Wednesday, June 15, 2016

Pretty in Pink

Having a creative outlet is a necessity for me and I've chosen hobbies that give me plenty of opportunity for creative expression. I love putting patterns, fabric, and color together to make what I hope will be a satisfying creation that is pleasing to the eye yet also practical, a nod to my hard-working German heritage. In an earlier post I wrote about making girls dresses that were sent to my great-nieces in Texas to try out and report back. Here they are, so cute in their new dresses:
Ellen and Ava in their new dresses
Only a few comments were made such as making the straps adjustable (actually, it wasn't a suggestion but I figured out a way to remedy Ava's too long straps) and to make the purse handles long for over-the-shoulder style of straps. They washed well and, hopefully, required no ironing. Now I've had another opportunity to have a tester closer to home. My friend, Anne, commented that one of her granddaughters asked for a dress that was pretty. Maybe I had one? I offered to make Addie a dress that was just her size and as pretty as I could make it.

Checking out my fabric and dress patterns, I liked two pieces of pink: a pink cotton with small white flowers and a pink voile, very sheer but an exact match (to my eyes, at least). Simplicity 5580 caught my eye with a cute inset in the back of tiered ruffles. I decided that voile would be especially cute in the ruffles and back tie so I cut out a size 4 and added extra length since she was between and 4 and 5 and that usually means they are getting taller, not wider. It went together easily and I added the cotton eyelet lace edging down the front and neck edge just so it would be "pretty" with white buttons that looked like flowers.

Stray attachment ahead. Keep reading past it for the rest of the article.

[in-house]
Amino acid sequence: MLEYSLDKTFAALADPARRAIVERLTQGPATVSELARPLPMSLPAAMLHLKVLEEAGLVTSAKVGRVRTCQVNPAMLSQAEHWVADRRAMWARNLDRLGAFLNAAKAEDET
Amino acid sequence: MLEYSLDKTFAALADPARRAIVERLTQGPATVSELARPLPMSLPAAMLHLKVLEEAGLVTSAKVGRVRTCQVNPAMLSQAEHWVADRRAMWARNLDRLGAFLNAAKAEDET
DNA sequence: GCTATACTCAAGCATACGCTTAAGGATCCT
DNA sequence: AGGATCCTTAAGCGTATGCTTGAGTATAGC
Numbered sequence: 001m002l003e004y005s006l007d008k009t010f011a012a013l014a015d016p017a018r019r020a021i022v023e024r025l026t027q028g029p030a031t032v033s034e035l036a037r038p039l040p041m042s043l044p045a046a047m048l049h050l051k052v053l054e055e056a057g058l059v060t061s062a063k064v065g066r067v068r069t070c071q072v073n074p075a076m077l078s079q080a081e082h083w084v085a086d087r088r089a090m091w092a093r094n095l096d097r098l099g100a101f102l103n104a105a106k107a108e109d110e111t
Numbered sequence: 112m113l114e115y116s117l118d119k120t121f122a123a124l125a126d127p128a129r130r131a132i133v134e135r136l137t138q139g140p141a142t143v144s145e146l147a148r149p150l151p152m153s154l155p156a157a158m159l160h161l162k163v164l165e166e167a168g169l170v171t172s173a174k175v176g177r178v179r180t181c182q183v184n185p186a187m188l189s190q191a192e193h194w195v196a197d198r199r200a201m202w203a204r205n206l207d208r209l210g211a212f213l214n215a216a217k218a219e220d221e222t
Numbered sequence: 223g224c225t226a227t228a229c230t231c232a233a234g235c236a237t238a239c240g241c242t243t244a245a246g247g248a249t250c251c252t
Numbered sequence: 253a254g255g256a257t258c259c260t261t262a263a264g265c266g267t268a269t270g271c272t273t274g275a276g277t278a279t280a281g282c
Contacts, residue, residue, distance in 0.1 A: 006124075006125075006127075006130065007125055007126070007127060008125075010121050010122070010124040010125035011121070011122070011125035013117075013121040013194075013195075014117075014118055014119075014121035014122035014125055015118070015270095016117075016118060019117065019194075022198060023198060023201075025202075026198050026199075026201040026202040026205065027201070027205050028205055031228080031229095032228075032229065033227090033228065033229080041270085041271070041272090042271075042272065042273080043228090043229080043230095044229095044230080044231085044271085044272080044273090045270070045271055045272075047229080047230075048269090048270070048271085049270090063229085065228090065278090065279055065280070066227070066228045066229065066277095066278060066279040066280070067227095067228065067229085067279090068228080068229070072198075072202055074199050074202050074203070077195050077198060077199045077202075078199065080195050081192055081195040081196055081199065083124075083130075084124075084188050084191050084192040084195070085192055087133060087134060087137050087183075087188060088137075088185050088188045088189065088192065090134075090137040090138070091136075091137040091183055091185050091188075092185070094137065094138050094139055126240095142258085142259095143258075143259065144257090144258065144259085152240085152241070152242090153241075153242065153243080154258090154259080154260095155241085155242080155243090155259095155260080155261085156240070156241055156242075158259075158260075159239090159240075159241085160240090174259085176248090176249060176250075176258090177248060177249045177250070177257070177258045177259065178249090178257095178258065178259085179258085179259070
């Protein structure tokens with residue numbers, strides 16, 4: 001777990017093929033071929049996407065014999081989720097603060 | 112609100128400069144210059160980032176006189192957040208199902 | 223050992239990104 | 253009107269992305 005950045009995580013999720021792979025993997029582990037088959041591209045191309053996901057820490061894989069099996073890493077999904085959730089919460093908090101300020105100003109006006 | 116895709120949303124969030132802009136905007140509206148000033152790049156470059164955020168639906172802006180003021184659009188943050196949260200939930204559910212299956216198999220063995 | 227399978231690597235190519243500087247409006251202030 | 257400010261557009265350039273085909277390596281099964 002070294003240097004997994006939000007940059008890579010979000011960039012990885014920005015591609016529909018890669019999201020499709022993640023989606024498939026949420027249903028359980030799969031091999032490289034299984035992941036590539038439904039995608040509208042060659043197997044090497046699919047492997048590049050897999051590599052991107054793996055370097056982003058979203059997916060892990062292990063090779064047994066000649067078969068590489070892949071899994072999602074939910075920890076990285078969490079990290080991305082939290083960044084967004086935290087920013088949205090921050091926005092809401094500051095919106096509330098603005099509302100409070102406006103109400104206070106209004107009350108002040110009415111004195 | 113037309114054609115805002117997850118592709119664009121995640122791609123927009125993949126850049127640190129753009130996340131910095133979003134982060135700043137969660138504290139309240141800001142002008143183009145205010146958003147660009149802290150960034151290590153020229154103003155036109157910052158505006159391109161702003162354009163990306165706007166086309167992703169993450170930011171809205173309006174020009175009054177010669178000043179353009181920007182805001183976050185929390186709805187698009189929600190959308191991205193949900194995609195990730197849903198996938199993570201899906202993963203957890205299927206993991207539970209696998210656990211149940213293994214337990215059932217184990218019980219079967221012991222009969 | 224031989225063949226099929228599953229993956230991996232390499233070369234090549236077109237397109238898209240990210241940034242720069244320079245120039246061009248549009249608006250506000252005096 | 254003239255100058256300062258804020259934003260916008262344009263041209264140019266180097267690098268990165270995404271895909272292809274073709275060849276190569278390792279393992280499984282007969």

Simplicity 5580 front
I held it up and declared it a success until I found out that back ruffled section was sheer, as in see-through. Oh no, we couldn't have a dress with a see through back!

 I went back and added a wedge of the pink print fabric that would provide the perfect shield.
Inside at the back with sewn in extra panel
This would have been easier if I had thought of it from the beginning but better late than never. Really, I doubt the dress would even have been worn with a peek-a-boo back!
Simplicity 5580 back
As per usual, I report on the sewing machine I used and this time it was my Viking #1 that traveled here from Michigan. It is so similar to the Viking 1100 I have used for the past three years that I can hardly tell the difference. When it came time to make the buttonholes I thought it would be a good time to practice using the memory feature. It took four practice buttonholes before I could get it to work like it should and another two trials on the dress before they worked perfectly.

If I made buttonholes all the time it would be easier but for a first time this took way too long. I have a project of about 40 hand towels that are going to need two large buttonholes so I think I'm either going to really learn how to use the memory feature or I'm going to use a different machine with the buttonhole attachment. Those attachments make the best buttonholes! I think I might just have to experiment with that and report back in another post. Ease of use? Finished look? Functionality?
Neckline with new labels!
Stay tuned for more adventures!

2 comments:

  1. I have the both types of Singer buttonhole attachments and one for my old Kenmore. Love all 3!

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  2. Beautiful details on these dresses.
    I have some viking 900 series. Yes, the buttonhole memory sequence makes me look at the instructions every time.

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